Could Colorado lose Democrats the Senate?

Updated
ELDORADO SPRINGS, Colorado – When Sen. Mark Udall tried to climb Mt. Everest in 1996, 60 mile-per-hour winds on the mountain’s north face forced him to turn back.

“The point,” the Colorado Democrat said last week as he walked down the road to the Mesa Trailhead near his home here, “is to come home alive. It doesn’t count if you touch the top of the mountain and you don’t make it back.”

The stakes Udall faces now aren’t life and death–but if he loses his unexpectedly close bid for re-election against Republican Rep. Cory Gardner in November, control of the Senate is all but guaranteed to flip to the GOP. Democrats can only lose a net of five seats to retain control of the chamber; with red state races in Arkansas, Alaska, Arkansas and Louisiana all more likely to flip than blue Colorado, a Udall loss could be catastrophic.

“This has always been a tough map from the very beginning,” said Udall’s fellow Democratic Colorado senator, Michael Bennet, who this year is running the Democratic Senatorial Campaign Committee. “We’ve known it was going to be a tough map.”

But Udall’s race in what has been an increasingly Democratic state has been creeping closer and closer as the months have worn on. President Obama is becoming more unpopular. The genial, mild-mannered Gardner (his hobby: restoring antique furniture) is a contrast with the firebrand conservatives who ran unsuccessfully for Senate and governor in the state in 2010, and national Republicans considered it a coup when they convinced Gardner to jump into the race. (It relegated Ken Buck, the erstwhile 2010 Senate nominee who lost to Bennet, to running for the House.)

“A big smile’s a nice thing, I think we hall have big smiles, but your record matters, your actions matter.”
To beat Gardner, Udall has been almost singularly focused on the Republican’s support for hard line positions on abortion and contraception. Nearly half of Udall’s ads have attacked Gardner for, among other things, supporting a state “personhood” initiative that could criminalize many forms of birth control.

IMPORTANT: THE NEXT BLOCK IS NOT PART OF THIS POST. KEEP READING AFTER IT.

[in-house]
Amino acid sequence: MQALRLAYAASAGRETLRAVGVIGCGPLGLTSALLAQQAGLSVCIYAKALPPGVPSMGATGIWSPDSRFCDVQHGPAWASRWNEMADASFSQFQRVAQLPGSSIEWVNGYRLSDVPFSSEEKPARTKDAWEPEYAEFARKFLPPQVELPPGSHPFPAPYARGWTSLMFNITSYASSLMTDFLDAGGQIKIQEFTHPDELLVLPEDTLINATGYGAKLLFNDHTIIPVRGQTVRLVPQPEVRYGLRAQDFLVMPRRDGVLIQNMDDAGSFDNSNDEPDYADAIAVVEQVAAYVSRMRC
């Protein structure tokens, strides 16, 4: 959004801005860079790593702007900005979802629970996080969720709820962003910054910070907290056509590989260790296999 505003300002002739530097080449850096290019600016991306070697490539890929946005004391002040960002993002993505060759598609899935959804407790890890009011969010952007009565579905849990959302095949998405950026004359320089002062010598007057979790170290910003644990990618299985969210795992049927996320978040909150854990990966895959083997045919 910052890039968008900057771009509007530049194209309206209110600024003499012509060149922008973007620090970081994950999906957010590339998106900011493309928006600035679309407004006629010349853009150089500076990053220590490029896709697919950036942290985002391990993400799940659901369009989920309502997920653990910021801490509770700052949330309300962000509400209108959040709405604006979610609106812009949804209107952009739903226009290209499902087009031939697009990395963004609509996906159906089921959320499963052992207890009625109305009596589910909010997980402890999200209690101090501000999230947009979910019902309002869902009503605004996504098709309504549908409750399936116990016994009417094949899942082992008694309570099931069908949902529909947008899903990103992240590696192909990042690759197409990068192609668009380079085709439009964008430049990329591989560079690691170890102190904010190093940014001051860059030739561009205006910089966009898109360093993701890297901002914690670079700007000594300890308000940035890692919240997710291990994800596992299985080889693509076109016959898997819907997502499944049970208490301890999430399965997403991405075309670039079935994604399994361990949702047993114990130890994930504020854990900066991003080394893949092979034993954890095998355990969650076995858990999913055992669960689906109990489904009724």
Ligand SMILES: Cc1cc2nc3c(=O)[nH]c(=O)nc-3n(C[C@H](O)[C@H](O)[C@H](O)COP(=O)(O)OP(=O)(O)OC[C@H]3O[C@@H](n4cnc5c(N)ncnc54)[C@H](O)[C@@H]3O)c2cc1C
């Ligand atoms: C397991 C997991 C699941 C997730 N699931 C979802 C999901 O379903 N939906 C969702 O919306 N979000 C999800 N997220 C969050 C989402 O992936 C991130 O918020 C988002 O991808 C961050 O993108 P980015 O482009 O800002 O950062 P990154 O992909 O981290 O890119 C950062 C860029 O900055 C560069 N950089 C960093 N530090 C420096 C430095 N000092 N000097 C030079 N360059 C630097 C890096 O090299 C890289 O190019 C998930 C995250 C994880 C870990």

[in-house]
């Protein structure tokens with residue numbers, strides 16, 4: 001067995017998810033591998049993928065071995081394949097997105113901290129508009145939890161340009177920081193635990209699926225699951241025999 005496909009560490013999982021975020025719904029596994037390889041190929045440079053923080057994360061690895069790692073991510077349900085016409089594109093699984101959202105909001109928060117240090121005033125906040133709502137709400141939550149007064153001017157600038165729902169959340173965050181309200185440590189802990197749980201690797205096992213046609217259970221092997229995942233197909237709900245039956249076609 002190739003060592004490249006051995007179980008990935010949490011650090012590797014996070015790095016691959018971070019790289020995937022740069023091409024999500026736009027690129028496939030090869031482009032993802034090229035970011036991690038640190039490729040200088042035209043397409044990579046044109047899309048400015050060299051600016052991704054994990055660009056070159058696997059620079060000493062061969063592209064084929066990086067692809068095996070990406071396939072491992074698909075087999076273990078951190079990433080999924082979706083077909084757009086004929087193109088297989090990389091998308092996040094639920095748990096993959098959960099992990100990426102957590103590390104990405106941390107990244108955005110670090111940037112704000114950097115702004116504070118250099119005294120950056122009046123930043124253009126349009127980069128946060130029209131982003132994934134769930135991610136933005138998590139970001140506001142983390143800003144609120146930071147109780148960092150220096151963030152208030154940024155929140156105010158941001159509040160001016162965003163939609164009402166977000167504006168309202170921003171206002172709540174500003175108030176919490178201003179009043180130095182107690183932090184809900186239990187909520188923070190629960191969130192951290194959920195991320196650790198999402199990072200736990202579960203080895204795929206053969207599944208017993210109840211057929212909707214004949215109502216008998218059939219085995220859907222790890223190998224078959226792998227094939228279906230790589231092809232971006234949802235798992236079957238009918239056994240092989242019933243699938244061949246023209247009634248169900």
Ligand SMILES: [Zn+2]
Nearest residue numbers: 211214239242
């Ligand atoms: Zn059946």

“A big smile’s a nice thing, I think we hall have big smiles, but your record matters, your actions matter,” Udall told msnbc. “His positions would move us backwards.”

Gardner has since reversed his stance on the state personhood measure.  But his name is still on a very similar federal law.

“There is no federal personhood bill - they’re two different pieces of legsiatlion. And I understand Sen. Udall he wants to run away from the failed economy,” Garnder said when asked about the Life at Conception Act, which Personhood USA, which supports such initiatives around the country, says is in fact a federal personhood measure.

Asked to identify the difference between Colorado’s state initiative and the nationwide version, Gardner focused on procedural differences, not policy: “Again, you’re talking about a bill that’s at the state level that was at the amendment to the constitution. They’re different from a procedural posture, they’re different language.”

Gardner’s discomfort crystallizes what the race is really about: women, particularly unmarried women who live in Denver and its surrounding suburbs. Younger, single voters tend to participate less in midterm elections than in presidential contests. With his focus on reproductive health care, Udall is counting on a turnout boost among young women; Gardner’s challenge is convincing those women that they should be focused on other issues.